..Well....! As we on BackstageWorld says: ... Poor man,we has always been afraid of this drummers! And "patchman" is sometimes something to laugh about
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  • I was in the musical "Glory" and played the part of Dirty Jimmy, the bum who gets converted to Christianity during a Salvation Army service. It was opening night, and I wanted to make a good impression. Well the crew was supposed to release a stink bomb when I went on stage so the audience would "smell" my entrance. I thought it wasn't smelly enough, so I brought my own supply of stink perfume I had bought at a novelty shop. The bomb went off, and at the same time, I poured lots of stink perfume on the stage through a hole in my shabby overcoat pocket. We got the desired effect from the bomb, but then people started smelling the "perfume" too! It was a disaster! One woman in the play who was on stage at the time got so sick from the powerful smell, she threw up right then and there! Talk about realism! After the show, I was yelled at by the director for adding my own excitement to the scene. Plus the crew had to clean up the vomit supposedly without being seen. (It didn't work.) I had learned my lesson. The next performance I did everything as I was told, with no extras! (Funny that the crew didn't talk to me after opening night!)
    --Rosie Ladeau
    What are you thankful for???

    ..Well....! As we on BackstageWorld says: ... Sniff,,!!!,the smelly effects can really make it,but dont try this at home!!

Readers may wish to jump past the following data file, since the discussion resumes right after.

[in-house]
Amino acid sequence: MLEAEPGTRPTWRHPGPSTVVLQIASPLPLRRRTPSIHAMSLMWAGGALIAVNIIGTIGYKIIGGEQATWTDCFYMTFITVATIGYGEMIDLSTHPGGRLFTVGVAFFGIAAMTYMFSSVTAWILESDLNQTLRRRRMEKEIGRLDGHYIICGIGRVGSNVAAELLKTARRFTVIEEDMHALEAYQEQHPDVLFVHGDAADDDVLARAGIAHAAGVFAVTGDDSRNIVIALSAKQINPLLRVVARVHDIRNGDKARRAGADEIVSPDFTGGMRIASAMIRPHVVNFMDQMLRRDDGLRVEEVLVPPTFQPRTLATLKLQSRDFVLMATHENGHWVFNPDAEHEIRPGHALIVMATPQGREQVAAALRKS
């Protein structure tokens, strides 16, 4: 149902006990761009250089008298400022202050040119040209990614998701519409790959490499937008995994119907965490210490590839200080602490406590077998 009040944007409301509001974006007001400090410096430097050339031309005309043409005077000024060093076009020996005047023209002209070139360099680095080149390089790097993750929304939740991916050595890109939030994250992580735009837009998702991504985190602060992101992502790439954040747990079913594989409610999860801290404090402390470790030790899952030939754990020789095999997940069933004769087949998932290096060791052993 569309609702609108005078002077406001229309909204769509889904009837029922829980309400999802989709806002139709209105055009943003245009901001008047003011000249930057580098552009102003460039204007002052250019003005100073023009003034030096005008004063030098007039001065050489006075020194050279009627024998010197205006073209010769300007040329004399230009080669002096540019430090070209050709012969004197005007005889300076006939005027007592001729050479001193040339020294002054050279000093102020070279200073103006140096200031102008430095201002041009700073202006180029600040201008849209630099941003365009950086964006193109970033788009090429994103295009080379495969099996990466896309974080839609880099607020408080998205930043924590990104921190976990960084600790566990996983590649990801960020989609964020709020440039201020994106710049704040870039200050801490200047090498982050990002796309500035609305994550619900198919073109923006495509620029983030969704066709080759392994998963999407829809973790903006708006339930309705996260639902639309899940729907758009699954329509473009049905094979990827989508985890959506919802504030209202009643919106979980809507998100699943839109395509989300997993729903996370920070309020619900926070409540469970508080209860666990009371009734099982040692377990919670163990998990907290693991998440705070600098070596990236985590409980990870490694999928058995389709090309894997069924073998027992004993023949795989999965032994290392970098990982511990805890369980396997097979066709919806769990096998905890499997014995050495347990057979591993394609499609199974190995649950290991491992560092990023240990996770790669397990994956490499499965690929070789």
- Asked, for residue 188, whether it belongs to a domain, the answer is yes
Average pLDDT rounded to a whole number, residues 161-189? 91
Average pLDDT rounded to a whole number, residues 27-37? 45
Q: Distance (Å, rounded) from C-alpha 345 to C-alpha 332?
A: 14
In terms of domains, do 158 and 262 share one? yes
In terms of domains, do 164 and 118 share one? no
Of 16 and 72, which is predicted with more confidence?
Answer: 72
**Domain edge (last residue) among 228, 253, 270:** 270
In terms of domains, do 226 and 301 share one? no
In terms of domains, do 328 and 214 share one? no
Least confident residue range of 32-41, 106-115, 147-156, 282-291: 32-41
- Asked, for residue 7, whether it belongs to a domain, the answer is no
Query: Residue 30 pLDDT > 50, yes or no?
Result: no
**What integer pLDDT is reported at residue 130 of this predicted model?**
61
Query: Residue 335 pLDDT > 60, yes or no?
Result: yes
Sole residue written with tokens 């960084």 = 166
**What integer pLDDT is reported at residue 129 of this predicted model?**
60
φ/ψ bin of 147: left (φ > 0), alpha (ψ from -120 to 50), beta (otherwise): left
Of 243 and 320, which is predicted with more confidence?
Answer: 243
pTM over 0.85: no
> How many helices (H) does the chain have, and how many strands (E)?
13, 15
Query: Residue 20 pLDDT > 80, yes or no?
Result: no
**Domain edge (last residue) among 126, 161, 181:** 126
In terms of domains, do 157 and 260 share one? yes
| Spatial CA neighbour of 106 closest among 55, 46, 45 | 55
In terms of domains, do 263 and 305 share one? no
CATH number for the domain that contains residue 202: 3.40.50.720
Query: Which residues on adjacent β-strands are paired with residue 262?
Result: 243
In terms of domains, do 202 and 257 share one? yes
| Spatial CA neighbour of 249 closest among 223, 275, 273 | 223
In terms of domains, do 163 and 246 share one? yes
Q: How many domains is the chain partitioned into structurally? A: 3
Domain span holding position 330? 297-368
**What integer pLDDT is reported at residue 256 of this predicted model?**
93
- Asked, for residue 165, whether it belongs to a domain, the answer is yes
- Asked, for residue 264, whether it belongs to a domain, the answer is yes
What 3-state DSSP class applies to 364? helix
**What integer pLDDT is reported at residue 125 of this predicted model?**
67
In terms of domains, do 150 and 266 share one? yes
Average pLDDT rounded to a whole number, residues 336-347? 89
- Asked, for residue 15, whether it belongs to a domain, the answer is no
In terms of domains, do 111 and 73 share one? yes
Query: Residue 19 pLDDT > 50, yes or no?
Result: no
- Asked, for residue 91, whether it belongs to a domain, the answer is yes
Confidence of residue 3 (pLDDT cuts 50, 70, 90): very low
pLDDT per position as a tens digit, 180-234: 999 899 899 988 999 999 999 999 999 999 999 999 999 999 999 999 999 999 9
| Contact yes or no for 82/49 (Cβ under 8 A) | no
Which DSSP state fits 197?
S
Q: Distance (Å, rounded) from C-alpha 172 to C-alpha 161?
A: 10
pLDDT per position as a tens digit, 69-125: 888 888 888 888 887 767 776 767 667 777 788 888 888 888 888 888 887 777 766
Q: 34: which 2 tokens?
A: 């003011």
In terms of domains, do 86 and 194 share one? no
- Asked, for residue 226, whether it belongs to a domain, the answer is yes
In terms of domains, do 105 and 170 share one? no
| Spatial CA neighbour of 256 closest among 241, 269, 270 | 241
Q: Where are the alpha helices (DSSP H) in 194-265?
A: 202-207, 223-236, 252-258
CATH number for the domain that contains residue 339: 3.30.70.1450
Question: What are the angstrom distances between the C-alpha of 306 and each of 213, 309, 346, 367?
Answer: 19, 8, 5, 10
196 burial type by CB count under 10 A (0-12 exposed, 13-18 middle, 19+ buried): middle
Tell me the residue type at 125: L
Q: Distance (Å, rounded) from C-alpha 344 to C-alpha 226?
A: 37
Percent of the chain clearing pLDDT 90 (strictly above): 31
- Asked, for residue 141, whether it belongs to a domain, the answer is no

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  • I was doing a show with a community theater group at my old high school before my summer stock job began. The show was "Damn Yankees." During the second act, there was a scene with some fog. On opening night, so much fog was used, it set the fire alarms off. Along with the screeching sirens, strobe lights went off through out the auditorium. I immediately ran out into the hallway, and saw the head custodian running toward me. I yelled at him to shut off the alarms as he told me police cars were arriving in the front of the building. I ran outside and explained to the officers what was going on. After calming them down, I heard on my headset that I was in a standby for some fly cues. While sprinting back to the theater, I noticed the fire trucks heading for the back of the building. After finishing my cues, I ran to the back of the building to greet the firemen. They wouldn't listen to my story, and insisted on checking out the stage. It was getting close to the end of the show, and I didn't want it to be interrupted. I was met at the backstage door by some more technicians, and we stalled the firemen long enough to finish the show. While the firemen were being stalled, a pyro actually started a small fire on stage! It was immediately extinguished, discretly, by an actor on stage. As the main rag came in to end the show, the firemen burst through the door to find nothing. Later, I was in the lobby talking with some friends who had seen the show. They said the patrons loved the strobe lights and sirens, and actually thought it was part of the show! A little fog, strobe lights, and sirens go a long way!

    ..Well....! As we on BackstageWorld says: ... O`yes,the small effects can really make it,but dont try this at home!!